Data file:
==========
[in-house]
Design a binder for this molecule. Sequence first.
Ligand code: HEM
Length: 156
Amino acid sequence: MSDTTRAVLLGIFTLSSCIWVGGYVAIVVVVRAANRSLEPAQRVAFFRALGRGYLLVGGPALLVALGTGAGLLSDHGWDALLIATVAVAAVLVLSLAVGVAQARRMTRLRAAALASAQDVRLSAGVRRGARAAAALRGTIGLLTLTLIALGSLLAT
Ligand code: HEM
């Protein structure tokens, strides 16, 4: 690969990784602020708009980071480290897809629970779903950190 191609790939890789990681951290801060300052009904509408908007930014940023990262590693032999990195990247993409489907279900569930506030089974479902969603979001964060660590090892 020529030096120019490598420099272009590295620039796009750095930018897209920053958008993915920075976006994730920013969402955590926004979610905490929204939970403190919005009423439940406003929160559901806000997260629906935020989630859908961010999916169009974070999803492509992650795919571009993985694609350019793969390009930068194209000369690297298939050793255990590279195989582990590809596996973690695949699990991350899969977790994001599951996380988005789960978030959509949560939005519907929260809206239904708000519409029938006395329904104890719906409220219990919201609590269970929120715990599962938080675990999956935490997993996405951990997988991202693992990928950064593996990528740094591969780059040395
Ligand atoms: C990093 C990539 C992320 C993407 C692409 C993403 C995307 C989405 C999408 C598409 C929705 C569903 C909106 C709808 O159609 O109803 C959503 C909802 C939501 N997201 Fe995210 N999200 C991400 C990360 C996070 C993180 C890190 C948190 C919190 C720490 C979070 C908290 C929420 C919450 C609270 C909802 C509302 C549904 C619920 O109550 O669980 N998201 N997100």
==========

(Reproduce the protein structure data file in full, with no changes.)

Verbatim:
[in-house]
Design a binder for this molecule. Sequence first.
Ligand code: HEM
Length: 156
Amino acid sequence: MSDTTRAVLLGIFTLSSCIWVGGYVAIVVVVRAANRSLEPAQRVAFFRALGRGYLLVGGPALLVALGTGAGLLSDHGWDALLIATVAVAAVLVLSLAVGVAQARRMTRLRAAALASAQDVRLSAGVRRGARAAAALRGTIGLLTLTLIALGSLLAT
Ligand code: HEM
């Protein structure tokens, strides 16, 4: 690969990784602020708009980071480290897809629970779903950190 191609790939890789990681951290801060300052009904509408908007930014940023990262590693032999990195990247993409489907279900569930506030089974479902969603979001964060660590090892 020529030096120019490598420099272009590295620039796009750095930018897209920053958008993915920075976006994730920013969402955590926004979610905490929204939970403190919005009423439940406003929160559901806000997260629906935020989630859908961010999916169009974070999803492509992650795919571009993985694609350019793969390009930068194209000369690297298939050793255990590279195989582990590809596996973690695949699990991350899969977790994001599951996380988005789960978030959509949560939005519907929260809206239904708000519409029938006395329904104890719906409220219990919201609590269970929120715990599962938080675990999956935490997993996405951990997988991202693992990928950064593996990528740094591969780059040395
Ligand atoms: C990093 C990539 C992320 C993407 C692409 C993403 C995307 C989405 C999408 C598409 C929705 C569903 C909106 C709808 O159609 O109803 C959503 C909802 C939501 N997201 Fe995210 N999200 C991400 C990360 C996070 C993180 C890190 C948190 C919190 C720490 C979070 C908290 C929420 C919450 C609270 C909802 C509302 C549904 C619920 O109550 O669980 N998201 N997100």